At the Entrance Of Cueva Minerales Irazu Volcano Costa Rica
My mask made it a little more difficult to breath at this altitude and with the layers I had on and the 90+ temps inside the cave, it made taking pictures a bit more challenging for me.
A Sulfuric Acid Compound dripping down over the entrance of the Mineral Cave Cueva de Los Minerales
DON'T LOOK UP!!, I was told as a diluted form of sulfuric acid dropped from the ceiling onto the breakdown digging holes into the trail and rocks below.  A previous scientist got some in his eye and apparently he did not have a "good result" as I was told.  This precipitation was leaving trace elements around the rim of acid burned holes and even building stalagmites left hollowed out from the solution.

Sulfate Geysermite with a teal interior releasing hot sulfur gas and a sulfuric acid compound dripping into the formation from the ceiling down into the formation.  Cueva de Los Minerales, Irazu Volcano, Costa Rica.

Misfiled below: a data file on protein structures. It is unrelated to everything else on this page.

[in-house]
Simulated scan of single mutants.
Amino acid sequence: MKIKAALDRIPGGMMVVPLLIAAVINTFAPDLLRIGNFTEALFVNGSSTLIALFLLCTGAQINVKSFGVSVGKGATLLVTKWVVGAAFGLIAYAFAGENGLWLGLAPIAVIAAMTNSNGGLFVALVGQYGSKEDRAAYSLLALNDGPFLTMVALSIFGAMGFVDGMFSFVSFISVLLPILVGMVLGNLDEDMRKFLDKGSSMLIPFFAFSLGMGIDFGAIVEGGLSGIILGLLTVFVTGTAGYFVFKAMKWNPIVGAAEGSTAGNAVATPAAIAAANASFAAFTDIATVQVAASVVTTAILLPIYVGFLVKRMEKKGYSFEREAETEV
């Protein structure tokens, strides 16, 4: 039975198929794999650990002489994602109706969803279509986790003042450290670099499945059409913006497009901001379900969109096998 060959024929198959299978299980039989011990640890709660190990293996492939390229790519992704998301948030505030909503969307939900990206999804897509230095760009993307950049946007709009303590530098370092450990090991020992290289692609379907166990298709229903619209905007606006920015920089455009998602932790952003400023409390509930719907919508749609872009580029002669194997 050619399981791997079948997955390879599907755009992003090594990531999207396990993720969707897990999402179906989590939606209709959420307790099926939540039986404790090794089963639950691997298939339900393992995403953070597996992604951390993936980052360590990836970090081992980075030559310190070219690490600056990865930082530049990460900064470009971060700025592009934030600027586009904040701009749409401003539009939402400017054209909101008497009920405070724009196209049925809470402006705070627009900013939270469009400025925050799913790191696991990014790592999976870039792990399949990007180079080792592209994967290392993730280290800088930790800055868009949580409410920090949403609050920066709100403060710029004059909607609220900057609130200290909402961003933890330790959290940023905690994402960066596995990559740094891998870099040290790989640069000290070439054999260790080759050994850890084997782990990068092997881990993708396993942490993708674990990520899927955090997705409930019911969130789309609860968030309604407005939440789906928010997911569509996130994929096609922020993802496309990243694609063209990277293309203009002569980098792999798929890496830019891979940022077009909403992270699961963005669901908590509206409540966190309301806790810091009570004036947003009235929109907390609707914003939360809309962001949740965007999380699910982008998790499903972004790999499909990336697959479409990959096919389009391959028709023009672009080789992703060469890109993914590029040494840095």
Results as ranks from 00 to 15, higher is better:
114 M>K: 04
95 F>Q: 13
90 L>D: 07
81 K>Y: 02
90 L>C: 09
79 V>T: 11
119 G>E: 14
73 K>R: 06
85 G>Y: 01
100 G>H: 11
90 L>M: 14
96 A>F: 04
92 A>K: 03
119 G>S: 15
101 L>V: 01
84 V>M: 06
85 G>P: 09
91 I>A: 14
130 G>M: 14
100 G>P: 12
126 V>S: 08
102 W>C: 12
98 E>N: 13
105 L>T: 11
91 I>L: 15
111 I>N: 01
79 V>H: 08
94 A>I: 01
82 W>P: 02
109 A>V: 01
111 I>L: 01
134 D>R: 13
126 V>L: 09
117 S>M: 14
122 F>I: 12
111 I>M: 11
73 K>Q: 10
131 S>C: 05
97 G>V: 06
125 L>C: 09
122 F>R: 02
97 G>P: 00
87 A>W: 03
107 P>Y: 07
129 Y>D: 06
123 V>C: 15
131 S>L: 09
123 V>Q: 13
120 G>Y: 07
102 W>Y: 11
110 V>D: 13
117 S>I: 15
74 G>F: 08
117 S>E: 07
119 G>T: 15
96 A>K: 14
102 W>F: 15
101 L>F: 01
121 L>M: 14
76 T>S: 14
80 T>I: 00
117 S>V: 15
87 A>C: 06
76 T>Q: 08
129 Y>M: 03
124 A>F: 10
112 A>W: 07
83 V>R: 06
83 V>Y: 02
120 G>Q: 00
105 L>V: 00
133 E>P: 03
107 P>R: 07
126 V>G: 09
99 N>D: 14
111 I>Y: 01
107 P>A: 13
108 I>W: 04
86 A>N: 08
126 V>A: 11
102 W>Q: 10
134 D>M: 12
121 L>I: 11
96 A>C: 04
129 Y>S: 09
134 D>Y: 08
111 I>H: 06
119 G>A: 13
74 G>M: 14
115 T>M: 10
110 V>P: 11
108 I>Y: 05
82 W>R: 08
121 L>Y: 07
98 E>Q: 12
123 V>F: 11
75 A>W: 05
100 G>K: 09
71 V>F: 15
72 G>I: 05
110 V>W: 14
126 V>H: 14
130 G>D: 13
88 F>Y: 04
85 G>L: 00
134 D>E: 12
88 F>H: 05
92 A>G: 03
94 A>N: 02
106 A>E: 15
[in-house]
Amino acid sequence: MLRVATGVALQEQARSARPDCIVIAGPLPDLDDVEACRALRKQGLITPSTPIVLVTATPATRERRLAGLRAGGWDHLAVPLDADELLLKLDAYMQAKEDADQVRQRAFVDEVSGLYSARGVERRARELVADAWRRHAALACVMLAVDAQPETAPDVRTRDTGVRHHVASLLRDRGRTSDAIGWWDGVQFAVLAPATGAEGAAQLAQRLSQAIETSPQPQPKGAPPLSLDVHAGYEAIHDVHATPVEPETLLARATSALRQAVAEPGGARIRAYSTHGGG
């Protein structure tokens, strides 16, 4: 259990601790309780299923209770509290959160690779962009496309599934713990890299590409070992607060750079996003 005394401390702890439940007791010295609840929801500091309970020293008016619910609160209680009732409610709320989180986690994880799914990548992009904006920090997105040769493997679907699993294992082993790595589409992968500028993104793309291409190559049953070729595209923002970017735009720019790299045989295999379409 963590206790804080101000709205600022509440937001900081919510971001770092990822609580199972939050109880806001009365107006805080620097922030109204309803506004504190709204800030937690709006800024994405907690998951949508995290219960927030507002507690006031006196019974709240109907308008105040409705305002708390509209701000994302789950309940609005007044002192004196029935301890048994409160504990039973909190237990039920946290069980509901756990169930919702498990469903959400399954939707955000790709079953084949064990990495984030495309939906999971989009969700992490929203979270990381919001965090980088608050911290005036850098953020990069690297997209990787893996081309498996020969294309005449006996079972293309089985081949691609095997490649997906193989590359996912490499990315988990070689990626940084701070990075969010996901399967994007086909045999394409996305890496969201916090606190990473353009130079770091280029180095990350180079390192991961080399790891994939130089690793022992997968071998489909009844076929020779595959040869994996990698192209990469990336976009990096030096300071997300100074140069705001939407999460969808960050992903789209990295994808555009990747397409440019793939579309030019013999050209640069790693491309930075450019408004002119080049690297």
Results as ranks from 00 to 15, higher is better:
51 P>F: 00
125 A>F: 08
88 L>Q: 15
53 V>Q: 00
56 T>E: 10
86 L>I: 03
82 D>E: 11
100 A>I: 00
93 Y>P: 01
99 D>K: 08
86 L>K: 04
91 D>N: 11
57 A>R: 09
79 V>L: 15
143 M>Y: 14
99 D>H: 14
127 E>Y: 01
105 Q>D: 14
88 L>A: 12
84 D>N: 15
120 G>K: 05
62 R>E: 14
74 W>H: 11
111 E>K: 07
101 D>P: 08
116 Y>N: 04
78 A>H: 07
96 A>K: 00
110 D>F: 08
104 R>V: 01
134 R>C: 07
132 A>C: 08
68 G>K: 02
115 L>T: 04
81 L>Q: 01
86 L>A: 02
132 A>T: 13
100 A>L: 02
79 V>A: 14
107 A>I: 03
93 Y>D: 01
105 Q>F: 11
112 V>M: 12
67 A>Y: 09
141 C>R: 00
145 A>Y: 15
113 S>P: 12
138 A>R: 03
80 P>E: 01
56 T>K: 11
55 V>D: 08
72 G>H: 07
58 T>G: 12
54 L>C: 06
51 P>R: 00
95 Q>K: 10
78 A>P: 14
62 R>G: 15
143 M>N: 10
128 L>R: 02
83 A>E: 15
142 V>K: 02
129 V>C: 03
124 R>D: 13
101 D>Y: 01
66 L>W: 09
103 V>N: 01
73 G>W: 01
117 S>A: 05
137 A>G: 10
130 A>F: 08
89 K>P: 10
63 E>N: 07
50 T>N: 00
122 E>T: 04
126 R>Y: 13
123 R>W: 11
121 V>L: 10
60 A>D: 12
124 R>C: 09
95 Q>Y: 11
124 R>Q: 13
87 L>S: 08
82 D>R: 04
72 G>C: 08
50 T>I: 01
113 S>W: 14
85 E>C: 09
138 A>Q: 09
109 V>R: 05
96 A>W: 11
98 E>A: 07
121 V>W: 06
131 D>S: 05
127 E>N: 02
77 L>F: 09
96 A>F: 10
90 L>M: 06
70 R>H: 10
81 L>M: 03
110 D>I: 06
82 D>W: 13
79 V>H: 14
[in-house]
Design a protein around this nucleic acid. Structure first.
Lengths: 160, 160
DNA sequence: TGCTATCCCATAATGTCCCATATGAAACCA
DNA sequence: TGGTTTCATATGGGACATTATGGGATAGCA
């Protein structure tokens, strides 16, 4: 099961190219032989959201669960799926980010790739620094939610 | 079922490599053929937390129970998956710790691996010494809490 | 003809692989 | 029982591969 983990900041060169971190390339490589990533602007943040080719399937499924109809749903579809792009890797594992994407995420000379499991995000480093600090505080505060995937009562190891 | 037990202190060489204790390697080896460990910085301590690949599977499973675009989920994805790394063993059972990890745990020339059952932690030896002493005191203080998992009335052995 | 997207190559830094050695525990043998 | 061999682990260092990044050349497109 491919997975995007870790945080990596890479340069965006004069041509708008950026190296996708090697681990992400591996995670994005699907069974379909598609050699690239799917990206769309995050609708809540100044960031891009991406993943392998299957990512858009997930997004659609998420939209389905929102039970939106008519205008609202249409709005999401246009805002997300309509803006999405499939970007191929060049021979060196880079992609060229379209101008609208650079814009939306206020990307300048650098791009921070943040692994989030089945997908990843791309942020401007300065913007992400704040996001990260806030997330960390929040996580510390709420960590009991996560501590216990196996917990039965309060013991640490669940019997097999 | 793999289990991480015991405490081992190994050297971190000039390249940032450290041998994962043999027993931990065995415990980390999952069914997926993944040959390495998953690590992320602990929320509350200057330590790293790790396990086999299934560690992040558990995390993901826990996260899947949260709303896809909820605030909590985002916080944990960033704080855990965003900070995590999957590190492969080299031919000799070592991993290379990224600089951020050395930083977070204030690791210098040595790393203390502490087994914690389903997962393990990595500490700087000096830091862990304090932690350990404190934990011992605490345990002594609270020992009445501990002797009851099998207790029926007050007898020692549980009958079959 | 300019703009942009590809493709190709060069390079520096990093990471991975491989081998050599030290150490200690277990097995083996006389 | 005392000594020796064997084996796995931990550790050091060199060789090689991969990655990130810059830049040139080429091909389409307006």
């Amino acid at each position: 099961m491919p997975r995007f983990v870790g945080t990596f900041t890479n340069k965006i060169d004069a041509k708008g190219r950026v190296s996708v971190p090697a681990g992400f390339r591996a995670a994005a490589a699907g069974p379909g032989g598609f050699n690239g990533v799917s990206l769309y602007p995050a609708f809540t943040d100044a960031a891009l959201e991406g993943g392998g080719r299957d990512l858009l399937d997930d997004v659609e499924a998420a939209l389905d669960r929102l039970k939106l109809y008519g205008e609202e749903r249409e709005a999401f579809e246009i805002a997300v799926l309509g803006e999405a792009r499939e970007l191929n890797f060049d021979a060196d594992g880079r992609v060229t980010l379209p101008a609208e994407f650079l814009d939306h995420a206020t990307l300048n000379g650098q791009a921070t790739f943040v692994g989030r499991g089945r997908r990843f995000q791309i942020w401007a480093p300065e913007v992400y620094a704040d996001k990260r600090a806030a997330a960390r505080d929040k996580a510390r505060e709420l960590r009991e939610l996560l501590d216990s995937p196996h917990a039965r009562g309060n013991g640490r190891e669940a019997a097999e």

The ground was covered with various colors of yellow sulfur in curds piled on top of layers of pink, light green and white minerals. I noticed a fumarole vent exhaling hot sulfur air with white and teal circular crystals coating the inner layer inside the thermal.  Some of the minerals identified here include Aplowita, Alunógeno, Coquimbita, Halotriquita, Copiapite.  Some of these minerals were found in clusters in other various themal places on the floor and walls of the cave and some of these crystals inside the fumarole formations were growing out and downward toward the center of the fumarole.   Sulfur seemed to be in abundance here especially near the vents as it appears to need a temperature of at least 30 degree Celsius to generate..
Sulfur and other composite minerals at the base of a thermal volcanic vent inside the Cueva De Los Minerales Irazu Volcano Costa Rica.

Surrounding this and other similar fumarole thermals were Geysermites made of various mineral sulfate composites of yellows and whites around the outside and a teal and white color on the inside which I am considering to be Melanterite along with some other oxidized sulfates.  The Solution dripping from above hollowed out these formations to create what we are looking at below.